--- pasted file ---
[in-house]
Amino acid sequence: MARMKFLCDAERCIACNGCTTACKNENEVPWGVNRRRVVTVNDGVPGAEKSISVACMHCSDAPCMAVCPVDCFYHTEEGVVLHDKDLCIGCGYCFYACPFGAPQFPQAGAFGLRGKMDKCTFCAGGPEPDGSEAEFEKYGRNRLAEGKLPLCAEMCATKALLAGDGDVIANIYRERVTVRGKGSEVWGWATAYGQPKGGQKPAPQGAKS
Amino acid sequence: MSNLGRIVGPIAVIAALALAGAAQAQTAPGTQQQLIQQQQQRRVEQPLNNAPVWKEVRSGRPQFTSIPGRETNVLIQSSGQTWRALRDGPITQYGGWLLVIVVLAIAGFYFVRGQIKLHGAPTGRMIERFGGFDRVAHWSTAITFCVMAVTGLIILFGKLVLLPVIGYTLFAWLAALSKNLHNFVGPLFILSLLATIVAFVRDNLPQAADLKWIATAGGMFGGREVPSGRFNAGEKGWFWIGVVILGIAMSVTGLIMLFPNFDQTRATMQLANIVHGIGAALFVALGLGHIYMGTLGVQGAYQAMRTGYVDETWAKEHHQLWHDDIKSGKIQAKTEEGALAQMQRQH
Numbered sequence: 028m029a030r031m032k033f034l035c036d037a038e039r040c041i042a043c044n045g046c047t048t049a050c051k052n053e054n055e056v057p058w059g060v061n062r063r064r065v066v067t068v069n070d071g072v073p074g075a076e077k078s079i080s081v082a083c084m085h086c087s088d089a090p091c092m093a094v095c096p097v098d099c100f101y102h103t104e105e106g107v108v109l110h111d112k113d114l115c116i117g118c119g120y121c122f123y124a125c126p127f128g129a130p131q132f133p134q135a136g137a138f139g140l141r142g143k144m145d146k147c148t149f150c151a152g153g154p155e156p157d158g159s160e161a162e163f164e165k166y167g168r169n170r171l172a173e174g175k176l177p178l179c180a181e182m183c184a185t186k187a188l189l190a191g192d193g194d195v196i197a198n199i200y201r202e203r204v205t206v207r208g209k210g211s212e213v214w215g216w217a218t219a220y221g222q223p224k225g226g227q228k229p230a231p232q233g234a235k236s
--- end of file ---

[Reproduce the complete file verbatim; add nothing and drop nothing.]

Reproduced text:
[in-house]
Amino acid sequence: MARMKFLCDAERCIACNGCTTACKNENEVPWGVNRRRVVTVNDGVPGAEKSISVACMHCSDAPCMAVCPVDCFYHTEEGVVLHDKDLCIGCGYCFYACPFGAPQFPQAGAFGLRGKMDKCTFCAGGPEPDGSEAEFEKYGRNRLAEGKLPLCAEMCATKALLAGDGDVIANIYRERVTVRGKGSEVWGWATAYGQPKGGQKPAPQGAKS
Amino acid sequence: MSNLGRIVGPIAVIAALALAGAAQAQTAPGTQQQLIQQQQQRRVEQPLNNAPVWKEVRSGRPQFTSIPGRETNVLIQSSGQTWRALRDGPITQYGGWLLVIVVLAIAGFYFVRGQIKLHGAPTGRMIERFGGFDRVAHWSTAITFCVMAVTGLIILFGKLVLLPVIGYTLFAWLAALSKNLHNFVGPLFILSLLATIVAFVRDNLPQAADLKWIATAGGMFGGREVPSGRFNAGEKGWFWIGVVILGIAMSVTGLIMLFPNFDQTRATMQLANIVHGIGAALFVALGLGHIYMGTLGVQGAYQAMRTGYVDETWAKEHHQLWHDDIKSGKIQAKTEEGALAQMQRQH
Numbered sequence: 028m029a030r031m032k033f034l035c036d037a038e039r040c041i042a043c044n045g046c047t048t049a050c051k052n053e054n055e056v057p058w059g060v061n062r063r064r065v066v067t068v069n070d071g072v073p074g075a076e077k078s079i080s081v082a083c084m085h086c087s088d089a090p091c092m093a094v095c096p097v098d099c100f101y102h103t104e105e106g107v108v109l110h111d112k113d114l115c116i117g118c119g120y121c122f123y124a125c126p127f128g129a130p131q132f133p134q135a136g137a138f139g140l141r142g143k144m145d146k147c148t149f150c151a152g153g154p155e156p157d158g159s160e161a162e163f164e165k166y167g168r169n170r171l172a173e174g175k176l177p178l179c180a181e182m183c184a185t186k187a188l189l190a191g192d193g194d195v196i197a198n199i200y201r202e203r204v205t206v207r208g209k210g211s212e213v214w215g216w217a218t219a220y221g222q223p224k225g226g227q228k229p230a231p232q233g234a235k236s